Fact-checkers at PolitiFact and The Washington Post debunked an ad released by the National Rifle Association that claims Democratic presidential nominee Hillary Clinton “doesn’t believe in your right to keep a gun at home for self-defense.” The NRA, which endorsed GOP nominee Donald Trump in May, has spent nearly $5 million opposing Clinton this election cycle, including $3 million in spending on the recent ad that falsely attacks Clinton.
NRA Spends $3 Million On Anti-Clinton Ad In Battleground States
CNN.com: NRA Releases Its “Most Expensive Pro-Trump Ad Buy To Date” Attacking Clinton. Noting that the NRA ad was released the same day Trump caused outrage by claiming “Second Amendment people” could do something about Clinton’s potential judicial nominations, CNN reported that the ad “will air in Pennsylvania, Ohio, Nevada and North Carolina and at about $3 million it's the most expensive pro-Trump ad buy to date.” In the ad a narrator says of Clinton, “Protected by armed guards for 30 years. But she doesn't believe in your right to keep a gun at home for self-defense.” [CNN.com, 8/9/16]
Prominent Fact-Checkers Tear Apart The NRA Ad’s “False” Claims About Clinton
PolitiFact North Carolina: Clinton “Never Said” What The NRA Claims. Declaring the NRA’s ad “false,” PolitiFact North Carolina explained that Clinton “thinks more regulations are OK to try to curb gun violence,” but “she says she respects the Second Amendment.” The fact check noted that this view that the Second Amendment is not an “absolute right” and allows for the regulation of firearms was shared by the Bush administration:
Clinton has had a fairly consistent view on gun rights: She says she respects the Second Amendment but thinks more regulations are OK to try to curb gun violence. Her website has details of her specific proposals, and she has also made a number of public statements.
Conservatives and liberals alike might not like to hear this, but it’s true: Clinton’s stance is similar to Bush’s. They would likely disagree on specifics. Yet both have argued that the right to bear arms needs to be upheld, but that it’s not an absolute right and can be regulated, just like the right to free speech.
The NRA said Clinton “doesn’t believe in your right to keep a gun at home for self-defense.”
Clinton has never said that, nor could she do anything about it on her own even if she wanted to. She would need to rely on a new Supreme Court justice, who would first have to be approved by the currently Republican-led Senate.
Clinton did say she disagreed with the Heller ruling, as the NRA points out. But she was talking about specifics and cited the same worries raised by the Bush administration, about looser restrictions on automatic weapons or carrying in public.
We rate this claim False. [PolitiFact, 8/11/16]
Washington Post Fact-Checker Glenn Kessler: “This Is A Classic Example Of A Fear-Mongering Ad Based On Little Evidence But Leaps Of Logic.” The NRA ad received “Four Pinocchios” from the Post’s fact check, its worst rating reserved for claims that are “whoppers.” Kessler cited the PolitiFact North Carolina analysis of the ad’s false claims and also noted that it was premised on “predicting the rulings of Supreme Court justices not yet selected,” which is a “fool’s errand”:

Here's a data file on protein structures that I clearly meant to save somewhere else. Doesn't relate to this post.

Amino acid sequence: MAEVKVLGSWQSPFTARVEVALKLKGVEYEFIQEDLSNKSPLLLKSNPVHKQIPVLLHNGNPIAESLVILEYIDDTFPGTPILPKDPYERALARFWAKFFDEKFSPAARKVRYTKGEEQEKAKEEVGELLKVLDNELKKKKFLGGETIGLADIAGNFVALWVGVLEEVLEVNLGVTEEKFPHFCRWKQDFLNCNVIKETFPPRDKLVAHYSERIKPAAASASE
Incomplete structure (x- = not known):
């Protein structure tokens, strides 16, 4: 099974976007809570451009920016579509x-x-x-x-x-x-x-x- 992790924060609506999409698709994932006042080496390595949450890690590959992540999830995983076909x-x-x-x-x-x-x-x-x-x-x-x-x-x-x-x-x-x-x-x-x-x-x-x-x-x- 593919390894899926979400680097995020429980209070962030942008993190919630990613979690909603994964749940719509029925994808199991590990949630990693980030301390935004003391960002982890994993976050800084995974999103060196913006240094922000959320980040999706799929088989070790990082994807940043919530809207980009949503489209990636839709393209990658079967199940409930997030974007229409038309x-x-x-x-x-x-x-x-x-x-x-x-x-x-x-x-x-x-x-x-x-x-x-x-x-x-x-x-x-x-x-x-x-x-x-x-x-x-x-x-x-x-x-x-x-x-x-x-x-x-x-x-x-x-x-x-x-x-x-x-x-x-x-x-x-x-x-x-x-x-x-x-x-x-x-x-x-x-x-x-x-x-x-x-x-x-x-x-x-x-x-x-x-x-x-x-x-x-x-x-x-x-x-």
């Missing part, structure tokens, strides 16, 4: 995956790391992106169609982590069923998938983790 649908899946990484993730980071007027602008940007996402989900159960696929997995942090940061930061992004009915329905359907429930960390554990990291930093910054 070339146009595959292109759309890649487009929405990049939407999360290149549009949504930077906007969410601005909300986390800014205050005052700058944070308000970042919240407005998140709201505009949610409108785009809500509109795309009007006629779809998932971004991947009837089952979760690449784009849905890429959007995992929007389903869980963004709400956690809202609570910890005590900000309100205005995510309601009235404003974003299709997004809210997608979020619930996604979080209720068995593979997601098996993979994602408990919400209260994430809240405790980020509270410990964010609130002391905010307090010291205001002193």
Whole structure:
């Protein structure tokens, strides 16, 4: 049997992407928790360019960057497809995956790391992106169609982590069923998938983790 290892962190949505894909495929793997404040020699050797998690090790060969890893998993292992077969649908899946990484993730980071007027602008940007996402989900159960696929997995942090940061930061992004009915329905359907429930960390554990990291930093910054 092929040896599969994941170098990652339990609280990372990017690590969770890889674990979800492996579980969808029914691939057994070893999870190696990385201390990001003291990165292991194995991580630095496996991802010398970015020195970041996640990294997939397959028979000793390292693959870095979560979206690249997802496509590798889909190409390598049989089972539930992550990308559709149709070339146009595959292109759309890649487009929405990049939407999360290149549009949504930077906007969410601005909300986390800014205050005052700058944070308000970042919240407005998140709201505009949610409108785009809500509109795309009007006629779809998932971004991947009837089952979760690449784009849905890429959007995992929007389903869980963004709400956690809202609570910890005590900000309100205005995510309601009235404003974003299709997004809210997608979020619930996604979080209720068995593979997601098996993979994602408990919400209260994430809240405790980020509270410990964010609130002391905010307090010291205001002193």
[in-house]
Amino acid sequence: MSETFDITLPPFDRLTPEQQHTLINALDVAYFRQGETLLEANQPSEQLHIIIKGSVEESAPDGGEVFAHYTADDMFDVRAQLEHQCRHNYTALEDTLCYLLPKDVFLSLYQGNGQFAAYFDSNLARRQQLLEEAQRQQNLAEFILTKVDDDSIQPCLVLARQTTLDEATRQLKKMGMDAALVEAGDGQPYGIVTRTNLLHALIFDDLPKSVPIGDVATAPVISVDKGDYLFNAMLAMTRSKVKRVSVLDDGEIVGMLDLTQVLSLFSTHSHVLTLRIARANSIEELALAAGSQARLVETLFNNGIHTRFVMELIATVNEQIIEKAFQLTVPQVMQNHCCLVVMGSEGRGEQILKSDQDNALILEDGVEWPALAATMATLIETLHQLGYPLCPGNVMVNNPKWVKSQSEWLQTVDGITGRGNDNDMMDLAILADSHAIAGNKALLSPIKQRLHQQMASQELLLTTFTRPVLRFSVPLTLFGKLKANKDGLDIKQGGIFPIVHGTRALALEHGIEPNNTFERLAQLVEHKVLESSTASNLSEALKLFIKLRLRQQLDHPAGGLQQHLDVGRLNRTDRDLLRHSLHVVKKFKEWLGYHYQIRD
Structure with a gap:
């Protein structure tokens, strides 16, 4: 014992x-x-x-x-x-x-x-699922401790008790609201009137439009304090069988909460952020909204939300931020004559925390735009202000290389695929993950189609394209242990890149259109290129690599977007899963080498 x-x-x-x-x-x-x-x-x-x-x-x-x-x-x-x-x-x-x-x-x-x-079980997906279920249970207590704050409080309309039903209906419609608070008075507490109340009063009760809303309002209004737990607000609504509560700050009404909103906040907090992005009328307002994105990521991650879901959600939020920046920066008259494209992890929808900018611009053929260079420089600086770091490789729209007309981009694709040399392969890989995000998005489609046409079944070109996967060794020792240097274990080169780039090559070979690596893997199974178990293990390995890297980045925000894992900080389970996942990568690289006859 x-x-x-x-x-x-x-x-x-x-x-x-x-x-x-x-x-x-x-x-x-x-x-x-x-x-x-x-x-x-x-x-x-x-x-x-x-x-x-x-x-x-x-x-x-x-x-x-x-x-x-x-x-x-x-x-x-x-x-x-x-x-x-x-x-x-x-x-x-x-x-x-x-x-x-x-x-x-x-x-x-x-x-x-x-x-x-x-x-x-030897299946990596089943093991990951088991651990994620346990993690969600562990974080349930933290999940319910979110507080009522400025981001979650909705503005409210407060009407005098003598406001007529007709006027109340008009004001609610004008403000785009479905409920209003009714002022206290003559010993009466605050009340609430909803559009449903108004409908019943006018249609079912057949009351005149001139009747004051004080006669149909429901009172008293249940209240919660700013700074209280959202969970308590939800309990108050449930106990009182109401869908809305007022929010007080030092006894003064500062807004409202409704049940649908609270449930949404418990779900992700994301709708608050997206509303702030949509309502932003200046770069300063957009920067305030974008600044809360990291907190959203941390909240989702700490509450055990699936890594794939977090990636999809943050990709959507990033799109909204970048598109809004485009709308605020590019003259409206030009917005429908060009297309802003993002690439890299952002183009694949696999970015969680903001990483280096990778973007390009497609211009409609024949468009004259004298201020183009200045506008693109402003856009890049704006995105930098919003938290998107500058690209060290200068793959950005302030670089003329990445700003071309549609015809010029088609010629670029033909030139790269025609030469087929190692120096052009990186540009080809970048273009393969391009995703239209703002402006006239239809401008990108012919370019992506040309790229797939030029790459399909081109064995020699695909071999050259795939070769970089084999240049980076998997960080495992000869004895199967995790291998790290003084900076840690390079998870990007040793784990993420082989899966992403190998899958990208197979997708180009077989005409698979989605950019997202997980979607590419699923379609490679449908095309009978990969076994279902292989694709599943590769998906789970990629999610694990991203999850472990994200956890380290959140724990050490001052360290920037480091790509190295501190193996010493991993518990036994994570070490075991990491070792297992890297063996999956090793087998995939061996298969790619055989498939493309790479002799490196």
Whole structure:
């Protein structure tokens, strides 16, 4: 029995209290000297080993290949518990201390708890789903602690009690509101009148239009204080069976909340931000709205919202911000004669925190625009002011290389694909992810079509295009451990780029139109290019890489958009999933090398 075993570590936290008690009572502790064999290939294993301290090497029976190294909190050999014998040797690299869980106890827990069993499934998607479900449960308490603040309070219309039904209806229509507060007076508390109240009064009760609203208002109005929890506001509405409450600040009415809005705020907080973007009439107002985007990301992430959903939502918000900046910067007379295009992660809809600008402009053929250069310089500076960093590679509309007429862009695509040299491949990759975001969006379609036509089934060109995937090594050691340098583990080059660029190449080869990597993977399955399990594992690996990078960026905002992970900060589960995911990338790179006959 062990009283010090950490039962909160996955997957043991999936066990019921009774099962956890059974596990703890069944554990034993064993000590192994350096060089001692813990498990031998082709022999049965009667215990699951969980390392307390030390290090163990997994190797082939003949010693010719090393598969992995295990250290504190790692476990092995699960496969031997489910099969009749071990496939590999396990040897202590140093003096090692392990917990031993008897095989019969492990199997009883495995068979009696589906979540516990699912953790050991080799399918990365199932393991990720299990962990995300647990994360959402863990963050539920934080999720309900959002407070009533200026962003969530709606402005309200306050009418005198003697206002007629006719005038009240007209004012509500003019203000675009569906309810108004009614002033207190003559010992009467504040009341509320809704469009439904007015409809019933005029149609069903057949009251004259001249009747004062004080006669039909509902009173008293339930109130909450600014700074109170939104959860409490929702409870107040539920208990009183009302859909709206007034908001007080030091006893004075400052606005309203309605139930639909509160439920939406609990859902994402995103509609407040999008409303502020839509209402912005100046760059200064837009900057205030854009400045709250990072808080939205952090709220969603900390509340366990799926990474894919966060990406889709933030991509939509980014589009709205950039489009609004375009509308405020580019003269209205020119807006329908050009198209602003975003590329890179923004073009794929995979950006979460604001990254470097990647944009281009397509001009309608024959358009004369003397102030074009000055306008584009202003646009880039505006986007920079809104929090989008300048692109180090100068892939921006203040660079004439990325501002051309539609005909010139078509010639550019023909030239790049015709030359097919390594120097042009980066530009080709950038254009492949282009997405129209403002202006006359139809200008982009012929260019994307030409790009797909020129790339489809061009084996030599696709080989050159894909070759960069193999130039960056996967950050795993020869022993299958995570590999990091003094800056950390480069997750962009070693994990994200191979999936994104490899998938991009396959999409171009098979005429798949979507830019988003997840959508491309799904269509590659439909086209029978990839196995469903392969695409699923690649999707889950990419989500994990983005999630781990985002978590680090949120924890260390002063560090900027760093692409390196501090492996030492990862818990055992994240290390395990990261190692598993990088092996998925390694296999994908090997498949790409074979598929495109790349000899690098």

In many ways, the NRA’s attack is a more sophisticated version of Donald Trump’s repeated claim that Clinton wants to “abolish” the Second Amendment.” The NRA’s fear is that Clinton, as president, will have a chance to name a Supreme Court justice to replace the late Antonin Scalia, who wrote the Heller decision. The Supreme Court narrowly decided the case, with bitter opposition expressed by the minority, so gun-rights advocates fear a new justice will help the Supreme Court chip away at the sweeping nature of the Heller decision.
But this fear may not be realized, as predicting the rulings of Supreme Court justices not yet selected is a fool’s errand. Moreover, Clinton’s public positions on gun control are far less extreme than suggested by the ad. Her main focus has been on taking steps that she contends would reduce gun violence.
On her campaign website, Clinton calls for more comprehensive background checks, repealing the gun industry’s immunity from lawsuits for negligence, revoking the licenses of gun dealers that knowingly supply weapons to straw purchasers and gun traffickers, and toughening laws and regulations to prevent domestic abusers and the mentally ill from obtaining guns. She also calls for a renewal of the assault-weapons ban.
None of these proposals would restrict a person from buying a gun to keep at home for self-defense (unless that person was convicted of domestic abuse).
This is a classic example of a fear-mongering ad based on little evidence but leaps of logic. While the NRA does not go so far as to claim that Clinton wants to abolish the Second Amendment, the wording of its claim suggests that.
Clinton has said that she disagreed with the Supreme Court’s decision in Heller, but she has made no proposals that would strip Americans of the right to keep a gun at home for self-defense. Clinton is certainly in favor of more gun regulations and tougher background checks, and a more nuanced ad could have made this case. Conjuring up a hypothetical Supreme Court justice ruling in a hypothetical case is simply not enough for such a sweeping claim. That tips the ad’s claim into the Four-Pinocchio category. [The Washington Post, 8/15/16; 9/11/13]